Frequently Asked Questions
What engagement have you undertaken on the Staverton to Hampshire Hills route so far?
In late 2019 and early 2020, TasNetworks consulted on a proposed route for the Staverton to Hampshire Hills section of the North West Tasmania transmission developments. The proposed route was identified using detailed desktop studies undertaken by a team of experts in the fields of land use planning, power system engineering, economics, environment and cultural heritage.
As part of the engagement process TasNetworks met with landowners, in addition to holding community pop-up sessions, conducting an online survey, and running face-to-face community workshops.
Through the initial engagement process, TasNetworks sought feedback from landowners and the community about what they value about the area and whether they thought the route selection process had taken into account what mattered to them. A report summarising engagement from October-December 2019 is available here [hyperlink to report]
How have you listened to and factored in landowner and community feedback?
Following the initial engagement process, TasNetworks received requests for changes to the proposed route from directly affected landowners, neighbours and community groups. We then met with these interested parties to better understand their concerns and suggestions for realignment.
TasNetworks undertook further detailed investigations into variations to the proposed route, which considered landowner and community concerns and suggestions; noting some suggestions were not aligned with other suggestions. As part of the investigation process, TasNetworks undertook eagle nest surveys in late April and early May.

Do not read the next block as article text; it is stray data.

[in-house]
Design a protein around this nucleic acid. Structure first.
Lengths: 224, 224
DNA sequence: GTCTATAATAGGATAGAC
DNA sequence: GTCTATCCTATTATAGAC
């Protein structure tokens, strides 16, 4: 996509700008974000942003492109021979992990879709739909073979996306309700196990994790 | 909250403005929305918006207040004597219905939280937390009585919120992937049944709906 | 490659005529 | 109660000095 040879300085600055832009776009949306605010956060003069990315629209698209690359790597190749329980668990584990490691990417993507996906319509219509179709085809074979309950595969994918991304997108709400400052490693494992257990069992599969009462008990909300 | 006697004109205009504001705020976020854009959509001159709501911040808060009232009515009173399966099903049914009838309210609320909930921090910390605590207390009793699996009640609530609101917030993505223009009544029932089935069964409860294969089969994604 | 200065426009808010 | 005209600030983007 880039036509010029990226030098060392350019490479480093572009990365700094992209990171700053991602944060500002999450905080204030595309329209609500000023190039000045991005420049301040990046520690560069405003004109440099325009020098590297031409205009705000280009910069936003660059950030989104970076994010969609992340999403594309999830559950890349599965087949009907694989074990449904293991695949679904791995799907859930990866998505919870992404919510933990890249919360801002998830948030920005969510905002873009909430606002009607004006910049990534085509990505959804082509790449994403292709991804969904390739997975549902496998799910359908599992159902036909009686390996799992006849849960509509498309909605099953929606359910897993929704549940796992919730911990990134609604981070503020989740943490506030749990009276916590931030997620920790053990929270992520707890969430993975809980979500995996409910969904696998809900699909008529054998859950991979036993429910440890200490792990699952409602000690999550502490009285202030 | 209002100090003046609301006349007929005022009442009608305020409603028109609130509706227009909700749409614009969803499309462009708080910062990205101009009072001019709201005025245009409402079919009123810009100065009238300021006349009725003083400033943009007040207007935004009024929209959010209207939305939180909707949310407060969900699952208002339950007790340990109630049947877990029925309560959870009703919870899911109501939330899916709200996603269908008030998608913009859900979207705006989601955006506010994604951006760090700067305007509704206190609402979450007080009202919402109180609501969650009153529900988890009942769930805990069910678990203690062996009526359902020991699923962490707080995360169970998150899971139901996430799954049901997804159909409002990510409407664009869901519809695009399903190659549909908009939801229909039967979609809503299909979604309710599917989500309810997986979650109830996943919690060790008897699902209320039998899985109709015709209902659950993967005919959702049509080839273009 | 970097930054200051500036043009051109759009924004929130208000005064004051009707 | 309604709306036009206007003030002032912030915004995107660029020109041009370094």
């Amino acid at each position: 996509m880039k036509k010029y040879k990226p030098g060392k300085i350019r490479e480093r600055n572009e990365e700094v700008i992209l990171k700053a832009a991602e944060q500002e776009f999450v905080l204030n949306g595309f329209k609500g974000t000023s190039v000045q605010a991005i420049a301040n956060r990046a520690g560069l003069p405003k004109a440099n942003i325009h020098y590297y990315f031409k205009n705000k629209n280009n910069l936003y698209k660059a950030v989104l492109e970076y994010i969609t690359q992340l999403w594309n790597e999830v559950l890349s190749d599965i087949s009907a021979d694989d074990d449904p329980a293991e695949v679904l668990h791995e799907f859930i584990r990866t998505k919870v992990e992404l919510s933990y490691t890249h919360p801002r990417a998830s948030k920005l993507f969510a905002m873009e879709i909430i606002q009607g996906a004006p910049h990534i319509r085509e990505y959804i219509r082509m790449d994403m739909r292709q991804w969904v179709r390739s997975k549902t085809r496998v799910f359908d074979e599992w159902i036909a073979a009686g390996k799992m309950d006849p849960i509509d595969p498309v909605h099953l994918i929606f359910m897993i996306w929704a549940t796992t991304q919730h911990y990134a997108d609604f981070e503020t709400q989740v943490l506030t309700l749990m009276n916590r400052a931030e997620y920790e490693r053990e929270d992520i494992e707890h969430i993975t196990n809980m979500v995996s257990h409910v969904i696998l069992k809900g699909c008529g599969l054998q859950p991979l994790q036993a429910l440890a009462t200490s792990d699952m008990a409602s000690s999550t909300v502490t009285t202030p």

Variations to the proposed route have now been assessed. These variations have informed the preferred route.
The wide range of feedback received from our initial engagement process on the Staverton to Hampshire Hills transmission route has been considered. As a result, changes have been made to the proposed route. The result is that more of the route – and 97 per cent in total – now traverses commercial forestry land.
How does the Staverton to Hampshire Hills route relate to developments planned by UPC Renewables?
The first transmission line TasNetworks is progressing for approvals and construction lies is a new line between the Staverton and Hampshire areas.
The Robbins Island and Jim’s Plain Renewable Energy Park is currently being planned by a private energy developer called UPC Renewables. The UPC Renewables connection has prompted TasNetworks to bring forward part of the proposed network upgrades planned for North West Tasmania, with acceleration at the developer’s cost. TasNetworks’ goal is to work with UPC Renewables and other generation developers to achieve a coordinated and optimised transmission network that efficiently unlocks the renewable energy zone in the region.
The proposed transmission line between Staverton and Hampshire Hills is to be built, owned and operated by TasNetworks. Under this arrangement, UPC Renewables will pay for the right to use the line.